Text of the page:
So what about alternatives? How about, I don’t know, acknowledging that we are holistic complex beings with minds and aliveness who interface with the world, and brains that reflect and respond to our environments and our minds and our aliveness and just about everything else we can imagine. How about acknowledging that these forms of duality are all western philosophic and religious inventions that in fact do not exist?

Yet, it is important to mention that many forms of dualism are part of how humans often come to experience the world. It is through my study and practice of Buddhist meditation that I have been empowered with some of the tools required to scrutinize the prevailing dominant views of good and evil, bad and good, sick and healthy. Inside this eastern context lies the realization that all human beings have delusions – that some are more in line with the masses, and some are not. One principle delusion that many societies suffer from is this delusion of separateness, or of dualism itself – that there is a self and an other, that we are not in fact interdependent and not constantly changing at such a rate at which we are at no point the same person than we are at any other point in our lives. No, this delusion is that we are discreet, finite beings with firm boundaries between us.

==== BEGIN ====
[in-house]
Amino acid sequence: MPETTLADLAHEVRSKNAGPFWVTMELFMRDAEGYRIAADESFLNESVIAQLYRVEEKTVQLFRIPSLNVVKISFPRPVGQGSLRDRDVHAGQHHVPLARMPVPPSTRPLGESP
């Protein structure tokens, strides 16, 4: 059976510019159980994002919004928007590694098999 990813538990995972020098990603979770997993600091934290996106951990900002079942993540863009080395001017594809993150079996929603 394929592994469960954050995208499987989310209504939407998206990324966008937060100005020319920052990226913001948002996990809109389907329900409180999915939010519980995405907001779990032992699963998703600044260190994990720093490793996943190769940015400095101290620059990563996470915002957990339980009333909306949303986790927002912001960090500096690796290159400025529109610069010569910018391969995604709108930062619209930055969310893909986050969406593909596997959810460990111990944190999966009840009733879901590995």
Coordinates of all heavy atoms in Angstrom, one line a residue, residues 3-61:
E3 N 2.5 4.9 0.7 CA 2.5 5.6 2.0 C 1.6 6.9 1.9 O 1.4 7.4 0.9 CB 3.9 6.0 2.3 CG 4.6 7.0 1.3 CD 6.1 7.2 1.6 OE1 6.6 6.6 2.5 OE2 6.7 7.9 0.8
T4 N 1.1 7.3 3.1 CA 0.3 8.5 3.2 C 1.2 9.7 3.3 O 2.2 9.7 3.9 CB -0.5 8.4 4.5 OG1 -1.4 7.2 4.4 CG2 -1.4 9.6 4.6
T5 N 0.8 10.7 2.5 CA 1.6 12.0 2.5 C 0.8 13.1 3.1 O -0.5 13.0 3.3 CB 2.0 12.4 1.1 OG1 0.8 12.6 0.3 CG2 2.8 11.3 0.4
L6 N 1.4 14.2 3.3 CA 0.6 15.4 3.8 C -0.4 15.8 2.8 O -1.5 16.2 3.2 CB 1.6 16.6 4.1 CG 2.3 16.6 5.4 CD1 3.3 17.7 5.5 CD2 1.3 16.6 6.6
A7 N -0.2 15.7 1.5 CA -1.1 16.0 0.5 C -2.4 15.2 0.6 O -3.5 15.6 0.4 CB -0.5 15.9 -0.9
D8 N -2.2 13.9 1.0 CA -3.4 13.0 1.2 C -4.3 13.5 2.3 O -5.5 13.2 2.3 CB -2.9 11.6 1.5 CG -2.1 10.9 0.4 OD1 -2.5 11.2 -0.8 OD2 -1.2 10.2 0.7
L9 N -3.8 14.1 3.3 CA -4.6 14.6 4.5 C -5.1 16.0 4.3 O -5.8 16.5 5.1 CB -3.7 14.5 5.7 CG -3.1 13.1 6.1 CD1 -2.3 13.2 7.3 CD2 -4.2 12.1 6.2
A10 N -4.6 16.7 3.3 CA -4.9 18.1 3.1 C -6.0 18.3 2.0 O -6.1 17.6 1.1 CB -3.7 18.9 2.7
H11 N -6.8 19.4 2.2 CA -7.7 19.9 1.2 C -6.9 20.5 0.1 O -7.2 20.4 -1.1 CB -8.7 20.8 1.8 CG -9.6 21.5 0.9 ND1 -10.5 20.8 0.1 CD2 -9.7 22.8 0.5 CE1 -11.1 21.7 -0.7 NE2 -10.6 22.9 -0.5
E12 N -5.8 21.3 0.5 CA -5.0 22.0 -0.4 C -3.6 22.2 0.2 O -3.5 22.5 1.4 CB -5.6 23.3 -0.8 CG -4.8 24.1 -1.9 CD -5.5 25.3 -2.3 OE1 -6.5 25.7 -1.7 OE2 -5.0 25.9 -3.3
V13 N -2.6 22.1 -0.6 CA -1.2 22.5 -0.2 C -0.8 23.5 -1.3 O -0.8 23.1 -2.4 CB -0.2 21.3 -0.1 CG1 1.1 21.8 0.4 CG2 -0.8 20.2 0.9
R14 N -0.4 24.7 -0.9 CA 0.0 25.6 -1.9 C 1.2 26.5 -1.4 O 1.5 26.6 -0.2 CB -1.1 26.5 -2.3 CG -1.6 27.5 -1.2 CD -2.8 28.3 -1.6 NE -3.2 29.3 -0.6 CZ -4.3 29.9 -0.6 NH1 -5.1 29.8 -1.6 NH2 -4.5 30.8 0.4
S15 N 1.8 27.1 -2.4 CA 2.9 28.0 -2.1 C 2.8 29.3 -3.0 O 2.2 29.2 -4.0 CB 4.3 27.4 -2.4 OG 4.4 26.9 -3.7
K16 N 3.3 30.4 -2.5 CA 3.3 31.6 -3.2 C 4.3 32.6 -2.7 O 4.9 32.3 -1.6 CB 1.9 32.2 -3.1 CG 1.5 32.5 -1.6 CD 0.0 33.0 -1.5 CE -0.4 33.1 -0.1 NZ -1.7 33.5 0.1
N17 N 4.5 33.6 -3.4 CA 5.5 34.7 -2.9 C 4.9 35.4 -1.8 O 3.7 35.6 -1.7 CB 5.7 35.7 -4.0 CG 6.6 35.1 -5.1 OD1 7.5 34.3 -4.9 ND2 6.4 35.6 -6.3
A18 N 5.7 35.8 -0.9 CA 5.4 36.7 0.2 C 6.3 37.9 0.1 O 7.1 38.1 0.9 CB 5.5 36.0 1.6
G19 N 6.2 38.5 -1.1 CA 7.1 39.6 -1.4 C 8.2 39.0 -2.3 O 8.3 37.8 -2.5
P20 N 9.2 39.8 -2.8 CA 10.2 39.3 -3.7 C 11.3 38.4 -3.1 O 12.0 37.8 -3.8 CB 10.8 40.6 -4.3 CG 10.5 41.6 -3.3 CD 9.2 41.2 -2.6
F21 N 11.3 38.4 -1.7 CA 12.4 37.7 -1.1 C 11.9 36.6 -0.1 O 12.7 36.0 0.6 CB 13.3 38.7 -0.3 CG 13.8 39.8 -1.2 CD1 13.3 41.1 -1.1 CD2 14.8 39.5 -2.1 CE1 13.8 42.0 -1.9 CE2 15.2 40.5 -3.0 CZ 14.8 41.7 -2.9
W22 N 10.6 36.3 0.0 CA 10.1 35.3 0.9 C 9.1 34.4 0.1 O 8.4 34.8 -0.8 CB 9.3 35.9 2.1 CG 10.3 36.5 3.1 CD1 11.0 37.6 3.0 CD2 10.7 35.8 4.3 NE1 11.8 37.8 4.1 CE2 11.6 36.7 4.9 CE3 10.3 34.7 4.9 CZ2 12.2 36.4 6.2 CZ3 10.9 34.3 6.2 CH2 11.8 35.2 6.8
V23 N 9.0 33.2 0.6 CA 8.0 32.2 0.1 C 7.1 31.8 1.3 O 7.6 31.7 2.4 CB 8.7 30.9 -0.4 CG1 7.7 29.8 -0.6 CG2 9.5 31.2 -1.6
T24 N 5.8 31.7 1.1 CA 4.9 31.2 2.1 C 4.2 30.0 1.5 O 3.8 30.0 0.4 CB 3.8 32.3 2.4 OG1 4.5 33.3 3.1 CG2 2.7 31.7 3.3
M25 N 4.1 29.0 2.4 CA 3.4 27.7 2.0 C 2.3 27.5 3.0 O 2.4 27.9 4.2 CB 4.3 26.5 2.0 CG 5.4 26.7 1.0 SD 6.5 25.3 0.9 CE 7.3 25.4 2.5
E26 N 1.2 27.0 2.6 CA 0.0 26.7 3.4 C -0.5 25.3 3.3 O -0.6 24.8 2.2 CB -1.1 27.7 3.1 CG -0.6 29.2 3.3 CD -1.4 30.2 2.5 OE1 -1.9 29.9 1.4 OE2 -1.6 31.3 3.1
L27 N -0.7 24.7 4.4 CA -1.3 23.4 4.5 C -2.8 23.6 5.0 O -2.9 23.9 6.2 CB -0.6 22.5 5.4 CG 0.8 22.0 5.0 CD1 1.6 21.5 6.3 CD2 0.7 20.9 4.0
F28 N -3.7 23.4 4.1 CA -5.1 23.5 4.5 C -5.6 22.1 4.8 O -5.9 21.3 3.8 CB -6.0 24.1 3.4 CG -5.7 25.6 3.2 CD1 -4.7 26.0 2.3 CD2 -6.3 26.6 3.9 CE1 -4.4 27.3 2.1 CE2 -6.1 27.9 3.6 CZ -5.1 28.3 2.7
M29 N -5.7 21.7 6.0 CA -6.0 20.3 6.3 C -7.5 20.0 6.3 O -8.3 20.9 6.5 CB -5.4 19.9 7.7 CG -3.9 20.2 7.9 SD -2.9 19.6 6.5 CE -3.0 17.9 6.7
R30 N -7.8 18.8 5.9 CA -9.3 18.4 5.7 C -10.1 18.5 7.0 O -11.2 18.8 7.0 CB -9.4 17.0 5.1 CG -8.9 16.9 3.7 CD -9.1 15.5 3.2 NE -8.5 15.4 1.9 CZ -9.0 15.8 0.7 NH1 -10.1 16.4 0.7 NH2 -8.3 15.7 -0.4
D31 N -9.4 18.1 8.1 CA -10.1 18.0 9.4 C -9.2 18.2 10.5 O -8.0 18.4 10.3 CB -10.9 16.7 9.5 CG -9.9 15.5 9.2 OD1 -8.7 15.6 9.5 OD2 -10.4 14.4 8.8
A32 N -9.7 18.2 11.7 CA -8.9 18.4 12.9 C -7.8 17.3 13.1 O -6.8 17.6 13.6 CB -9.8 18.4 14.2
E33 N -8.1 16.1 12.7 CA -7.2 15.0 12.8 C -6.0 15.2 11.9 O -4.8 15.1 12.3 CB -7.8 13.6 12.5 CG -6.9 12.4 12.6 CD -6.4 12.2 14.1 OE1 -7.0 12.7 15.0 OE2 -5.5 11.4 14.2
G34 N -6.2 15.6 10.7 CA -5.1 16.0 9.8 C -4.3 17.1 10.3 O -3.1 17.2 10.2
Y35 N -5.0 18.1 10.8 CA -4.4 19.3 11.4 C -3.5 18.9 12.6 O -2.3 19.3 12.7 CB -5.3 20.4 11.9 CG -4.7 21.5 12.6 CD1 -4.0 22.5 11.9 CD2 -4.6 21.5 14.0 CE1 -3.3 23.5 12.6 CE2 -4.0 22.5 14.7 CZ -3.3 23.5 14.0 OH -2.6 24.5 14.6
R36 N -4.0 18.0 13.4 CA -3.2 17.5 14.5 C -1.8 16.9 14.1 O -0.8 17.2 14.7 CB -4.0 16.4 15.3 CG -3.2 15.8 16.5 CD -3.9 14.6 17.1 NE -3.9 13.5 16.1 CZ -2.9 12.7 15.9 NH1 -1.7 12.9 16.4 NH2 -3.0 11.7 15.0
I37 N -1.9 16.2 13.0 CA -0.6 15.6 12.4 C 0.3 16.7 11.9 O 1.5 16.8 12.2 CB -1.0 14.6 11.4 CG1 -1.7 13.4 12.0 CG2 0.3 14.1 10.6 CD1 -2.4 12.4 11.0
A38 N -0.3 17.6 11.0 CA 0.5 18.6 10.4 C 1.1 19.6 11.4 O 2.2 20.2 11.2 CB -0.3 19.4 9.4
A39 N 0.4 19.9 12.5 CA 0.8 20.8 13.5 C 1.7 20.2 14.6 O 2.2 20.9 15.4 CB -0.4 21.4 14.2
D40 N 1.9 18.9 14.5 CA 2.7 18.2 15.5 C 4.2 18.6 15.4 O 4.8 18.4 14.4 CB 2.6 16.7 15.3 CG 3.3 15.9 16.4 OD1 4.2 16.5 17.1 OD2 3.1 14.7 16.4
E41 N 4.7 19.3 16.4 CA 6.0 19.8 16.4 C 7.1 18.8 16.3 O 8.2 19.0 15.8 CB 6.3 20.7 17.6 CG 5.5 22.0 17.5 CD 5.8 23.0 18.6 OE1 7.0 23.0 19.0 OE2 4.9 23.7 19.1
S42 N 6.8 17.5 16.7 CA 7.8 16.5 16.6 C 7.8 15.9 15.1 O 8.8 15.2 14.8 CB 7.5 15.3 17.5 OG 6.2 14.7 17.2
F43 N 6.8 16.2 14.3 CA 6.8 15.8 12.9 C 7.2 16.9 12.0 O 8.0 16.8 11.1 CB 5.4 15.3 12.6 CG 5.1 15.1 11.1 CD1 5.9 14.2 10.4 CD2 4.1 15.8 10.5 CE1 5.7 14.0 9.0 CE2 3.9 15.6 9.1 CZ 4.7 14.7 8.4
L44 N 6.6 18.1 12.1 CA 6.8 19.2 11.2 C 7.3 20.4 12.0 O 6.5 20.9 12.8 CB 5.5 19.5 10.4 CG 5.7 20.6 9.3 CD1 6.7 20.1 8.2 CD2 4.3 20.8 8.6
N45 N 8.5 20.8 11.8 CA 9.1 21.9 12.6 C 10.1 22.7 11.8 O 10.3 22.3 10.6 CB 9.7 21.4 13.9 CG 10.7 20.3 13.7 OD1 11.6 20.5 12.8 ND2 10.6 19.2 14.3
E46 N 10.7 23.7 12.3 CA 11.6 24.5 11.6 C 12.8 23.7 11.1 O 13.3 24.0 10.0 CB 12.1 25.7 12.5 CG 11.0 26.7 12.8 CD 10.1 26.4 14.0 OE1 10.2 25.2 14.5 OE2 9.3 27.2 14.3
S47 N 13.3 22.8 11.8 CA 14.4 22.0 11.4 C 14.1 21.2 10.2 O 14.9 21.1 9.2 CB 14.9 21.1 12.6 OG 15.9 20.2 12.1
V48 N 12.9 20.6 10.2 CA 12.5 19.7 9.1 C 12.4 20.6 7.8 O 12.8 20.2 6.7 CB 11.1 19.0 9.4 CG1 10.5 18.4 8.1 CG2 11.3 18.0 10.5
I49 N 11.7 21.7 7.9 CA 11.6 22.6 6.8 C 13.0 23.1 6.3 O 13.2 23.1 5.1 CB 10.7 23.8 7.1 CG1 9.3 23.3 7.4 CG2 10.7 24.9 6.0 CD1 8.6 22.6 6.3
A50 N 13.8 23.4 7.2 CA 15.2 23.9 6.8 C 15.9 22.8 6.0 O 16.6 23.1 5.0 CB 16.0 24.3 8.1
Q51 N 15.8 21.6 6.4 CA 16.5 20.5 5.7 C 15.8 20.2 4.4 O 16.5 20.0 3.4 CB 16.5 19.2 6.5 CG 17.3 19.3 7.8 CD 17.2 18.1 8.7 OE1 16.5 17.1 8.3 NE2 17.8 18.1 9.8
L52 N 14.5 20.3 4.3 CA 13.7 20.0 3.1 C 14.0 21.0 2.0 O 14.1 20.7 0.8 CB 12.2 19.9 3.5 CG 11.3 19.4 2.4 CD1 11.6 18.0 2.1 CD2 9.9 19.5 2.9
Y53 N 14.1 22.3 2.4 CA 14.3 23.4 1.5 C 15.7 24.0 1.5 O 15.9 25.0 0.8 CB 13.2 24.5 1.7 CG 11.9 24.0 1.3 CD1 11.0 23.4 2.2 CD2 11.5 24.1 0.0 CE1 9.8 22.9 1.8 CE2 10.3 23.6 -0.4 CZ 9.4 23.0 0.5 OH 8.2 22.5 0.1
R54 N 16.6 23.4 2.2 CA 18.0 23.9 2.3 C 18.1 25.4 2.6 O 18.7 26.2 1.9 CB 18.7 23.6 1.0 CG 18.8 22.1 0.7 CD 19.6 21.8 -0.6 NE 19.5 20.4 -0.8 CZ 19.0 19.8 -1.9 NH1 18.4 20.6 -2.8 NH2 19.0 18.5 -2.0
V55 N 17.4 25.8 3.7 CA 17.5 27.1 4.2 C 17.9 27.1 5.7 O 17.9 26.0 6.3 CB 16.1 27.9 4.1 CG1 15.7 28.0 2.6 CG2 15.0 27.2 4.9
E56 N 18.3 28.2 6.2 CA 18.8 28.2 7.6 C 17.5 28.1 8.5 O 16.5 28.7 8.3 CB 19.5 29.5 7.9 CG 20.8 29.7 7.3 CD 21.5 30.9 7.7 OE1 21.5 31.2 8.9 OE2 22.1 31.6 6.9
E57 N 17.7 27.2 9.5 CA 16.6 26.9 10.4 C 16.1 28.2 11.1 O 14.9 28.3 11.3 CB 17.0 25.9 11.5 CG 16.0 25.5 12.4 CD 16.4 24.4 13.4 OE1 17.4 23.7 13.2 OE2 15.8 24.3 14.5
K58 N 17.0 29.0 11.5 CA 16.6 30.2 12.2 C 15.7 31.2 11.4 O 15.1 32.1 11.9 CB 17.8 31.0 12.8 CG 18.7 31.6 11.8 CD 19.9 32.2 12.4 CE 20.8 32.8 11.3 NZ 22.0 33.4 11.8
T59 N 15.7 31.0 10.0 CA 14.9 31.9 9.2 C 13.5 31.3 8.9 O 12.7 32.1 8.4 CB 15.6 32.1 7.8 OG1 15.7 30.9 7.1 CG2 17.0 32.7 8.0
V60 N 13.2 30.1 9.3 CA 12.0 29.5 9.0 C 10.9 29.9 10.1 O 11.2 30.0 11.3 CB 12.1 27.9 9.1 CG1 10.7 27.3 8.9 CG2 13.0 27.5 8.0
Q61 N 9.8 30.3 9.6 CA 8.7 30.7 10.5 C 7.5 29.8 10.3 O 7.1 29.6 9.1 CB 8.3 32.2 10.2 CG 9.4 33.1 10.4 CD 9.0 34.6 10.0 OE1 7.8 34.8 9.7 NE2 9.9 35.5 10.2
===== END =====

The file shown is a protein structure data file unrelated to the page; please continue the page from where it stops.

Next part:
No wonder psychosis then, is so threatening to the dominant western establishment; when one’s boundaries with the outside world begin to dissolve, when one become acutely aware of oneness, or impermanence, of the absence of a self, when one is “inconsistent” and not following the social mores or cues of the pack, then the rules of western dualism are broken. And what better way to respond to people who challenge our fundamental beliefs (when we are in fact clinging to them to affirm our identities, because we have an inflated and delusional sense that a static self and identity are real things) than to cast them out, call them mad, crazy, deviant, dangerous, defective, essentially affirming our sense of dualism even further, because we are afraid that nothing we have thus deemed bad can be at all a part of “us.”

So our notion of good and bad, of dualism, IS the inherent problem – not who fits arbitrarily into the good and bad camps as being defined in one way or another as they go in and out of fashion. It is only in realizing that we are not fundamentally separate from anyone else on this planet (an admittedly difficult thing to do) will we then have enough empathy to save us from an endless cycles of mutual oppression and harm, or not much better – a hyperactive game of feminist standpoint bingo, wherein some people just don’t have the right education card to avoid being relegated to the loser/oppressor/evil capitalist sympathizer category, and thus creating more politically correct divisions between in groups and out groups.